January 16, 2018
The full version string for this update release is 1.8.0_161-b12 (where "b" means "build"). The version number is 8u161.
JDK 8u161 contains IANA time zone data version 2017c. For more information, refer to Timezone Data Versions in the JRE Software.
The security baselines for the Java Runtime Environment (JRE) at the time of the release of JDK 8u161 are specified in the following table:
|JRE Family Version||JRE Security Baseline |
(Full Version String)
The JRE expires whenever a new release with security vulnerability fixes becomes available. Critical patch updates, which contain security vulnerability fixes, are announced one year in advance on Critical Patch Updates, Security Alerts and Third Party Bulletin. This JRE (version 8u161) will expire with the release of the next critical patch update scheduled for April 17, 2018.
For systems unable to reach the Oracle Servers, a secondary mechanism expires this JRE (version 8u161) on May 17, 2018. After either condition is met (new release becoming available or expiration date reached), the JRE will provide additional warnings and reminders to users to update to the newer version. For more information, see JRE Expiration Date.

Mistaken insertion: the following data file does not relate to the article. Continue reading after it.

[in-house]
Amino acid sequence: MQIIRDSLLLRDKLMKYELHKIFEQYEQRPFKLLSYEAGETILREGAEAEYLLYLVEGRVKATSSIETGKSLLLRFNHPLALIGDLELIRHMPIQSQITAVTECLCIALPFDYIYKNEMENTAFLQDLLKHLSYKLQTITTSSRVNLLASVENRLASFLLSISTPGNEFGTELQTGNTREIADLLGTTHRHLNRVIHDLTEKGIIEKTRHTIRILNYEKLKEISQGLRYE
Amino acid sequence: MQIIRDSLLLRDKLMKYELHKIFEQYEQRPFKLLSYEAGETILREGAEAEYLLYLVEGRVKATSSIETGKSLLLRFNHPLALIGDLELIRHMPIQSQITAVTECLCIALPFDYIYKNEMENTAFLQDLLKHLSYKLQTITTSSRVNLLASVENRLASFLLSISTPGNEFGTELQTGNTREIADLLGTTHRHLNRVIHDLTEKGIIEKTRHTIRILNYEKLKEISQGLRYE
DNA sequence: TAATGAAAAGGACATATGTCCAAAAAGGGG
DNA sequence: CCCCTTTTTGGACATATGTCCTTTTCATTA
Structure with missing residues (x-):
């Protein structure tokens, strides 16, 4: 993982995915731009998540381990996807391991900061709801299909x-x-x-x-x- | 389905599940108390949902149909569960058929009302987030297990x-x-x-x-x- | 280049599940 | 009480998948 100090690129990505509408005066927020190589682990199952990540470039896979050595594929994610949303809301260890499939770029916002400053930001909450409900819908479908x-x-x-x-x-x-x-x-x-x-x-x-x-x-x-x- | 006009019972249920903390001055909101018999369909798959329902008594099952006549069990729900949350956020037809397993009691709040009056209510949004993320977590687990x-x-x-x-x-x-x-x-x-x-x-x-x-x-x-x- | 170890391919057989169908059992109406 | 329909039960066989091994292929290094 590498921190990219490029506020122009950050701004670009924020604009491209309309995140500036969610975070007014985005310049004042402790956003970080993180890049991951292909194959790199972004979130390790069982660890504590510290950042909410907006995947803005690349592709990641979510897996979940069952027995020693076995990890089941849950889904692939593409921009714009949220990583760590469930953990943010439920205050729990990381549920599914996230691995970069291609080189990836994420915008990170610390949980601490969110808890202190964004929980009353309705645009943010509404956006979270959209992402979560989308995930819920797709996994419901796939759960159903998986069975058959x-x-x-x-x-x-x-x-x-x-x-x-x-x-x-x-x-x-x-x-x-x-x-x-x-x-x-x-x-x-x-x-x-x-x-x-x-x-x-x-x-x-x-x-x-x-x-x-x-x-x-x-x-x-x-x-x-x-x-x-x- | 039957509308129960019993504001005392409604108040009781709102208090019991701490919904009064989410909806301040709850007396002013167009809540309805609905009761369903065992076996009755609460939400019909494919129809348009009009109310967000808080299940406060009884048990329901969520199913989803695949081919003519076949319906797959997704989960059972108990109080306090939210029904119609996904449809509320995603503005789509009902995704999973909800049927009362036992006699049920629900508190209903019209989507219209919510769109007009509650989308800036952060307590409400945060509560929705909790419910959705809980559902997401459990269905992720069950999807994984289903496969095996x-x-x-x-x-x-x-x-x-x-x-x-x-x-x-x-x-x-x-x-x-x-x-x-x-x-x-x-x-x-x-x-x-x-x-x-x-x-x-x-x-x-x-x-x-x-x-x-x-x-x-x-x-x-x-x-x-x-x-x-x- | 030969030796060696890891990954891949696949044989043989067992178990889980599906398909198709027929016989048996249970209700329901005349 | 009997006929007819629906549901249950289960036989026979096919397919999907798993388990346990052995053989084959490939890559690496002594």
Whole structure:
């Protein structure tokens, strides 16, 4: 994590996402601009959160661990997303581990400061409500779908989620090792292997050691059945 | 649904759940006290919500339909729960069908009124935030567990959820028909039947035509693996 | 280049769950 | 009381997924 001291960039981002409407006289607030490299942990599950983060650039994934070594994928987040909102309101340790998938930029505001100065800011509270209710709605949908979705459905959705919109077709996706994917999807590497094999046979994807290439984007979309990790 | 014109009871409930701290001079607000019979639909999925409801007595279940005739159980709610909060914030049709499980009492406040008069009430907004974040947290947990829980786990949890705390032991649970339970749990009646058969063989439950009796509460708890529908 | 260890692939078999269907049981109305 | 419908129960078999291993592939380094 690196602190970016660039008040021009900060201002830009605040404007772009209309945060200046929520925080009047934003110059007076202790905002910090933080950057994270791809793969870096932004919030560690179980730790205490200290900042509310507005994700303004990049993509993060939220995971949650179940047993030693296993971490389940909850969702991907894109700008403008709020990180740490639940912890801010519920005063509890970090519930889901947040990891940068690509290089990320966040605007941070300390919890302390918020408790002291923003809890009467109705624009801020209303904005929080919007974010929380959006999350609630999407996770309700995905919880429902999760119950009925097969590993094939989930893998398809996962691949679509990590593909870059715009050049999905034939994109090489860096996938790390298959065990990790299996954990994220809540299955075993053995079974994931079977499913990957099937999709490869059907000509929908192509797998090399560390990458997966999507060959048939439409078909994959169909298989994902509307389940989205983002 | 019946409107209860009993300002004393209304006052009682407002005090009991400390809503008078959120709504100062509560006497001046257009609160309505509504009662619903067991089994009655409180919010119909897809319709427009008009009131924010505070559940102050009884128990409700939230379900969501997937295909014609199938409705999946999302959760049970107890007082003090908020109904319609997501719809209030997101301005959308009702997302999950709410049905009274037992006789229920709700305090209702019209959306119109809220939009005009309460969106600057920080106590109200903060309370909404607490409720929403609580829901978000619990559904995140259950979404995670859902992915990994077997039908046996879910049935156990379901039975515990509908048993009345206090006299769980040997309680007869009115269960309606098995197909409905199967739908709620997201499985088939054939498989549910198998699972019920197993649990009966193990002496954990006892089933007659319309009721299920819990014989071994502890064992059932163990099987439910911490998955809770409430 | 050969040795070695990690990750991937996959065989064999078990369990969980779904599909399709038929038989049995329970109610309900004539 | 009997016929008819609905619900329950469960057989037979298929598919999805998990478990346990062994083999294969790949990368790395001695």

Support has been added for the TLS session hash and extended master secret extension (RFC 7627) in JDK JSSE provider. Note that in general, server certificate change is restricted if endpoint identification is not enabled and the previous handshake is a session-resumption abbreviated initial handshake, unless the identities represented by both certificates can be regarded as the same. However, if the extension is enabled or negotiated, the server certificate changing restriction is not necessary and will be discarded accordingly. In case of compatibility issues, an application may disable negotiation of this extension by setting the System Property
false in the JDK. By setting the System Property
false, an application can reject abbreviated handshaking when the session hash and extended master secret extension is not negotiated. By setting the System Property
false, an application can reject connections that do not support the session hash and extended master secret extension.
Enhance the JDK security providers to support 3072-bit DiffieHellman and DSA parameters generation, pre-computed DiffieHellman parameters up to 8192 bits and pre-computed DSA parameters up to 3072 bits.
Applications that either explicitly or implicitly call